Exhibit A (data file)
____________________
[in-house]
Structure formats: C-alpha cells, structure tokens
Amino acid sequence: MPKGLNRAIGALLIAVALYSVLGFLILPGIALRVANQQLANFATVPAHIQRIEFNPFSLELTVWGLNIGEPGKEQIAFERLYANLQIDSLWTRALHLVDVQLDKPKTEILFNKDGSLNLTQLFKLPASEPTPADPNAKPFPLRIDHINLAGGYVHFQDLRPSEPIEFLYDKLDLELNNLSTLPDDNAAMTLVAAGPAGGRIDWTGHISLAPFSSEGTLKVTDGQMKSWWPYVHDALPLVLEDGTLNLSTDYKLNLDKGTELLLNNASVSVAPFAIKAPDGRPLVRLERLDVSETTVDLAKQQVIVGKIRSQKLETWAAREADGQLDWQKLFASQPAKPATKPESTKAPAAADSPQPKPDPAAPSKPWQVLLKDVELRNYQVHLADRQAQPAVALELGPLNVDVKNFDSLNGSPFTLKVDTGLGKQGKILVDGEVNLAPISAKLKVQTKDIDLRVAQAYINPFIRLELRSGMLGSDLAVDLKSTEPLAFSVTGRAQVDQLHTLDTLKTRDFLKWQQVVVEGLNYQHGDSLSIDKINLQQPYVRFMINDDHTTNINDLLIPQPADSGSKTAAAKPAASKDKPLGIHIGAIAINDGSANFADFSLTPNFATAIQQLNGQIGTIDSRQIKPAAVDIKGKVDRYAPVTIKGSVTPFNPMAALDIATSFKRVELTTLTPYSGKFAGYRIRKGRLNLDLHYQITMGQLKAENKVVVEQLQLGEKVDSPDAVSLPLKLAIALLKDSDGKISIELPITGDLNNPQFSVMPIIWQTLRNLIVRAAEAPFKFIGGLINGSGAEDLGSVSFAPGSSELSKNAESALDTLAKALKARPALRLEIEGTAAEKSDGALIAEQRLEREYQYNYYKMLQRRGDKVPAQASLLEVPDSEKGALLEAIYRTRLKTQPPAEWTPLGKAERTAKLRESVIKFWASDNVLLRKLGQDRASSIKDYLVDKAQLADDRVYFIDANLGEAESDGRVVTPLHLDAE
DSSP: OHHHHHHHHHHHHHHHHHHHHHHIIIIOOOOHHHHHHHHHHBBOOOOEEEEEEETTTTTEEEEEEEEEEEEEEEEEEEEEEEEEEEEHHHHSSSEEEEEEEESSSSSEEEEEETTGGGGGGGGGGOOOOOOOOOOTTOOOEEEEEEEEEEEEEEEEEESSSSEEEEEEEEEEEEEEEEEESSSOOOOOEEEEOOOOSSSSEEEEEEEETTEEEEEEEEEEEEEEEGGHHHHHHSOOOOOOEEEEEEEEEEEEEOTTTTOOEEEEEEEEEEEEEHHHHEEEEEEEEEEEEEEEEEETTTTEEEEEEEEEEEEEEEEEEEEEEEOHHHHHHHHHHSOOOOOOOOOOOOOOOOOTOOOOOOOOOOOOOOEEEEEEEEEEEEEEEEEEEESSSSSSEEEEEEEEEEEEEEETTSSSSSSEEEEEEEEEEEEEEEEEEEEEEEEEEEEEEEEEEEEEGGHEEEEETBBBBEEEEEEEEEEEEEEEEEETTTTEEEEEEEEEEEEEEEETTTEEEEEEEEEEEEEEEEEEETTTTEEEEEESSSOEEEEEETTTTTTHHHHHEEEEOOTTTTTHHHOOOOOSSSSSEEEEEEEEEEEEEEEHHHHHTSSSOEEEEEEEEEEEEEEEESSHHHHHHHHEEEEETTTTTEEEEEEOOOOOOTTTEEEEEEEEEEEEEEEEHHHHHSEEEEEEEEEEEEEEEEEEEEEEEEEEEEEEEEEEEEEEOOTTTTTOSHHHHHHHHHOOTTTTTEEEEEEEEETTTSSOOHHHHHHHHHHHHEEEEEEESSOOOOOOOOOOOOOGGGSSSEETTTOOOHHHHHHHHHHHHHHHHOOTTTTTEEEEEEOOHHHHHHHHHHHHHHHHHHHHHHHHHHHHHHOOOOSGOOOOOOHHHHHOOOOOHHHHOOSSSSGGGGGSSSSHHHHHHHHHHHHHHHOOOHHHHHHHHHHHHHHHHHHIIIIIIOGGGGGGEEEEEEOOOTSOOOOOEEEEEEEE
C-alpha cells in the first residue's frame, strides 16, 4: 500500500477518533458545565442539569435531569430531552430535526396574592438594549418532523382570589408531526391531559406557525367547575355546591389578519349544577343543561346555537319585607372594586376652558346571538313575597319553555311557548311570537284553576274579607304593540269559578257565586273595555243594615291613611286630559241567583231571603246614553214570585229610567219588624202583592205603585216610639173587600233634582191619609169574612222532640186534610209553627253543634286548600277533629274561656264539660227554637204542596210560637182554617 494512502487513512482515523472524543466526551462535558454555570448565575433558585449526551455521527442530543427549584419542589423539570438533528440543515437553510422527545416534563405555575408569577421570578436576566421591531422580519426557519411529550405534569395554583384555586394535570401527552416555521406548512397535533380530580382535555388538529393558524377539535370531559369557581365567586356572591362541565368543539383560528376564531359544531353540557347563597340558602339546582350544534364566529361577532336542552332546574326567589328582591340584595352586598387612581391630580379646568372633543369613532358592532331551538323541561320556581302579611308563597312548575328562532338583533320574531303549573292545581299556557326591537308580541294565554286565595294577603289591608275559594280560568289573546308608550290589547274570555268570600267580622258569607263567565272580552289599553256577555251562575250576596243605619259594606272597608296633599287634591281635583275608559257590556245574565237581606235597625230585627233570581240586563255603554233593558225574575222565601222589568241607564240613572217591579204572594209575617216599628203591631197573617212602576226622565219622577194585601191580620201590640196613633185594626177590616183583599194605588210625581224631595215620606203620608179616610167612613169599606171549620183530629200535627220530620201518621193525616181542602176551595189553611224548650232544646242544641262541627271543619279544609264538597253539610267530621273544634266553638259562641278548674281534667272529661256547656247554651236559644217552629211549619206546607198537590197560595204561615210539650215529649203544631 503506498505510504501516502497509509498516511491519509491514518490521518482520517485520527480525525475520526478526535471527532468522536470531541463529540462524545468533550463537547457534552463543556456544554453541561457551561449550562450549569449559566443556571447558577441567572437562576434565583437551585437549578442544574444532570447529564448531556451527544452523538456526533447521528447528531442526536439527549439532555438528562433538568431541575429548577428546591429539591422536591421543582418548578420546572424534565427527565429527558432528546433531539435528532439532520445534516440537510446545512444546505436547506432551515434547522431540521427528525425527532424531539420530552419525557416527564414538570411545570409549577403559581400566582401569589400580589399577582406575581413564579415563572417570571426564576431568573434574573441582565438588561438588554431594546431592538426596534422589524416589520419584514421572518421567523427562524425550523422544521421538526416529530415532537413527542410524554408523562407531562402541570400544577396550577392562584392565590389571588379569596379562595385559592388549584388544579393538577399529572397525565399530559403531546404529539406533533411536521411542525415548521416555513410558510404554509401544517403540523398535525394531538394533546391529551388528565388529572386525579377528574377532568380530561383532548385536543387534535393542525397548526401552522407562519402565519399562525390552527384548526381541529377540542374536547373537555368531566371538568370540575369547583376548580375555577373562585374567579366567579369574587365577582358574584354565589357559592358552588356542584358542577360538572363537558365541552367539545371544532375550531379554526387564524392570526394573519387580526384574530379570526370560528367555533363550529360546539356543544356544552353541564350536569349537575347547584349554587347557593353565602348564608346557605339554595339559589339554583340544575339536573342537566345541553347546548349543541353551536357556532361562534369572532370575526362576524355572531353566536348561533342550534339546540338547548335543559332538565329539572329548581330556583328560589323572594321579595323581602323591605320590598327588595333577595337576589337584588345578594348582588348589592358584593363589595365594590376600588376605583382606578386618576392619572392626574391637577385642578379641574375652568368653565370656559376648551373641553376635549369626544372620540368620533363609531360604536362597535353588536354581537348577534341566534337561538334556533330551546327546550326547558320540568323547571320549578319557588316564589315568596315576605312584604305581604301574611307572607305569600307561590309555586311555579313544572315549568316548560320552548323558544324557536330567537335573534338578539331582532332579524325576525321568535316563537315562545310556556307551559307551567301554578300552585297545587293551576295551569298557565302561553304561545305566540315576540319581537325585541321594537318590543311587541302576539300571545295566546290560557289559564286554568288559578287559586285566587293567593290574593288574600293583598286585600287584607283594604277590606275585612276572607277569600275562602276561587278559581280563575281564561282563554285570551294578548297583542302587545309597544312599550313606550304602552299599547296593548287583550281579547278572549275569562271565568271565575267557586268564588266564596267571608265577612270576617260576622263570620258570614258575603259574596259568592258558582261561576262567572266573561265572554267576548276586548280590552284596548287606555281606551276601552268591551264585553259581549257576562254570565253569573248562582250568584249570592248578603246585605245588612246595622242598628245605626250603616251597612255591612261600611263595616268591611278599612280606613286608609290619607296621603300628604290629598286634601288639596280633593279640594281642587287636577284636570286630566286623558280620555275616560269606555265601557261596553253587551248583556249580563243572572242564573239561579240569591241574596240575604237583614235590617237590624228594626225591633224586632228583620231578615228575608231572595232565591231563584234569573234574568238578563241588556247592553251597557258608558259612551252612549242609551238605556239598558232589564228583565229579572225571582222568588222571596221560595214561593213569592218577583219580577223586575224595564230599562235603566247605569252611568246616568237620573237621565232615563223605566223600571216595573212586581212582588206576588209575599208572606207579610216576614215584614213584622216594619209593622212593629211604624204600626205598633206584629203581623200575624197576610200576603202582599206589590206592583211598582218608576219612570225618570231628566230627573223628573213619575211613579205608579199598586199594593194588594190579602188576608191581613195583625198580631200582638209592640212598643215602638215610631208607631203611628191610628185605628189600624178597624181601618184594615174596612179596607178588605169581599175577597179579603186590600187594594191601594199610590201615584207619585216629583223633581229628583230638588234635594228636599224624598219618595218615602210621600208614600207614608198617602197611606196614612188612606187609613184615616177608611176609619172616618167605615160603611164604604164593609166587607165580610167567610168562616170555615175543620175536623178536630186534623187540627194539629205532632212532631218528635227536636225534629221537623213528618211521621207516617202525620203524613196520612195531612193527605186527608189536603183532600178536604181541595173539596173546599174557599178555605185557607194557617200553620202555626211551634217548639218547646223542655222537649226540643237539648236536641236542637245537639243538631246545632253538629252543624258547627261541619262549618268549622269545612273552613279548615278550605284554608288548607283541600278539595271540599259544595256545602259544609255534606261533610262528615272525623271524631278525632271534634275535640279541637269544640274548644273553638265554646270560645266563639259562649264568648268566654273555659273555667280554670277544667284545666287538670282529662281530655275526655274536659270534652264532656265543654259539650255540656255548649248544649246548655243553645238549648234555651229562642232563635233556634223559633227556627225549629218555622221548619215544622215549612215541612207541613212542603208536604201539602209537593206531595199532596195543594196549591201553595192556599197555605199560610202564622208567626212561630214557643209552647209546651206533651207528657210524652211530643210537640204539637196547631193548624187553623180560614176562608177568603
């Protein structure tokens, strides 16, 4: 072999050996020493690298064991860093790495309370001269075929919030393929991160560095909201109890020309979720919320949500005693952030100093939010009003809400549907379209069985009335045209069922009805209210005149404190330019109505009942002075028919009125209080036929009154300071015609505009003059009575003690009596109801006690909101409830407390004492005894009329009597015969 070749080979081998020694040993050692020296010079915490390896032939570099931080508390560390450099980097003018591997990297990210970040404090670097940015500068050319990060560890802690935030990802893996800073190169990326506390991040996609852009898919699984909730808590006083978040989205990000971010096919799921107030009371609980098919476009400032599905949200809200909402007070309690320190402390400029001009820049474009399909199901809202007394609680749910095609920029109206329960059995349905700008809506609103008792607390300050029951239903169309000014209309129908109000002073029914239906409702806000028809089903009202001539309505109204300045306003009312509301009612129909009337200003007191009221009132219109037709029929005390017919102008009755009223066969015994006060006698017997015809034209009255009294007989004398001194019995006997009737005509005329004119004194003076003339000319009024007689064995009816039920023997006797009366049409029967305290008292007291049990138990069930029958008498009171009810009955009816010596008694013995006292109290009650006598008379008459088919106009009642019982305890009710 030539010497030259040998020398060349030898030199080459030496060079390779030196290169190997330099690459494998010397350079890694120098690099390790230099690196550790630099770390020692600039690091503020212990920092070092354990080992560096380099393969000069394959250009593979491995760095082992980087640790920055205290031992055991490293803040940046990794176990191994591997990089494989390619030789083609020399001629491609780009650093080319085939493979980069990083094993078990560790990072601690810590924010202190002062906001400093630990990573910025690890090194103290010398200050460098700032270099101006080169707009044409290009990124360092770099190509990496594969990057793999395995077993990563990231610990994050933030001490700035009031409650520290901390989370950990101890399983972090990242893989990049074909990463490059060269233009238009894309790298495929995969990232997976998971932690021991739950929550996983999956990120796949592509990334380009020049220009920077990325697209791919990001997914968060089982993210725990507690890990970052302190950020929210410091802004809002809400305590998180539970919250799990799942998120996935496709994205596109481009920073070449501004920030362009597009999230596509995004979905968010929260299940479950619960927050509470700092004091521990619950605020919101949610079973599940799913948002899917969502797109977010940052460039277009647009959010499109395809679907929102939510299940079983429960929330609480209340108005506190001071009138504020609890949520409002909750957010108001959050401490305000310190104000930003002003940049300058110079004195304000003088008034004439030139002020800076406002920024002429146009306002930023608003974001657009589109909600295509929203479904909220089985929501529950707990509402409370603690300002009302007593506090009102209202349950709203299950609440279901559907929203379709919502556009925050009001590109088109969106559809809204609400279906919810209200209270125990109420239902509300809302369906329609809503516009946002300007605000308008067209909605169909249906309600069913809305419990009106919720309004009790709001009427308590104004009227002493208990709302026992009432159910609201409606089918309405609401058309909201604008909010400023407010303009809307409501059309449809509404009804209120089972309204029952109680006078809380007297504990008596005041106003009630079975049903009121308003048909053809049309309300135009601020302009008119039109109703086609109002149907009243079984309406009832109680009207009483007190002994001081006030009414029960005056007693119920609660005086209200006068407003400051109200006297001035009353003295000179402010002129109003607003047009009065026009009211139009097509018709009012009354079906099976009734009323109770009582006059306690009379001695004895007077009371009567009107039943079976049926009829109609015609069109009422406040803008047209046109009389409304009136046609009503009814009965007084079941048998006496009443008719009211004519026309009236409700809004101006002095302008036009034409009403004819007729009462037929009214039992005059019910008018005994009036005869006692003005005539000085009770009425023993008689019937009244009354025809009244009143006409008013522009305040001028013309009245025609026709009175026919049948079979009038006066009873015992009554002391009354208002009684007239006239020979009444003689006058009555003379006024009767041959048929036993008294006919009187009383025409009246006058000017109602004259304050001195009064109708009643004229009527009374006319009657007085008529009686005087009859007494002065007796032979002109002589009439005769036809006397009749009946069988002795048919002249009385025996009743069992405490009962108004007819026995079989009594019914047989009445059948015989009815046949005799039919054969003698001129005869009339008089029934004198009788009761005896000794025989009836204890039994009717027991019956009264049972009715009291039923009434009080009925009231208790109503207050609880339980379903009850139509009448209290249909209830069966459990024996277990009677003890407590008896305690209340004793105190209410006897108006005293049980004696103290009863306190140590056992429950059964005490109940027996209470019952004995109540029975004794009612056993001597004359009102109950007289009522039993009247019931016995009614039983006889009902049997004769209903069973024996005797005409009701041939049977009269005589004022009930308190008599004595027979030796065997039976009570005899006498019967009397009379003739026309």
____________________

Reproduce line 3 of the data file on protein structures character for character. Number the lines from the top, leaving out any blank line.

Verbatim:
Amino acid sequence: MPKGLNRAIGALLIAVALYSVLGFLILPGIALRVANQQLANFATVPAHIQRIEFNPFSLELTVWGLNIGEPGKEQIAFERLYANLQIDSLWTRALHLVDVQLDKPKTEILFNKDGSLNLTQLFKLPASEPTPADPNAKPFPLRIDHINLAGGYVHFQDLRPSEPIEFLYDKLDLELNNLSTLPDDNAAMTLVAAGPAGGRIDWTGHISLAPFSSEGTLKVTDGQMKSWWPYVHDALPLVLEDGTLNLSTDYKLNLDKGTELLLNNASVSVAPFAIKAPDGRPLVRLERLDVSETTVDLAKQQVIVGKIRSQKLETWAAREADGQLDWQKLFASQPAKPATKPESTKAPAAADSPQPKPDPAAPSKPWQVLLKDVELRNYQVHLADRQAQPAVALELGPLNVDVKNFDSLNGSPFTLKVDTGLGKQGKILVDGEVNLAPISAKLKVQTKDIDLRVAQAYINPFIRLELRSGMLGSDLAVDLKSTEPLAFSVTGRAQVDQLHTLDTLKTRDFLKWQQVVVEGLNYQHGDSLSIDKINLQQPYVRFMINDDHTTNINDLLIPQPADSGSKTAAAKPAASKDKPLGIHIGAIAINDGSANFADFSLTPNFATAIQQLNGQIGTIDSRQIKPAAVDIKGKVDRYAPVTIKGSVTPFNPMAALDIATSFKRVELTTLTPYSGKFAGYRIRKGRLNLDLHYQITMGQLKAENKVVVEQLQLGEKVDSPDAVSLPLKLAIALLKDSDGKISIELPITGDLNNPQFSVMPIIWQTLRNLIVRAAEAPFKFIGGLINGSGAEDLGSVSFAPGSSELSKNAESALDTLAKALKARPALRLEIEGTAAEKSDGALIAEQRLEREYQYNYYKMLQRRGDKVPAQASLLEVPDSEKGALLEAIYRTRLKTQPPAEWTPLGKAERTAKLRESVIKFWASDNVLLRKLGQDRASSIKDYLVDKAQLADDRVYFIDANLGEAESDGRVVTPLHLDAE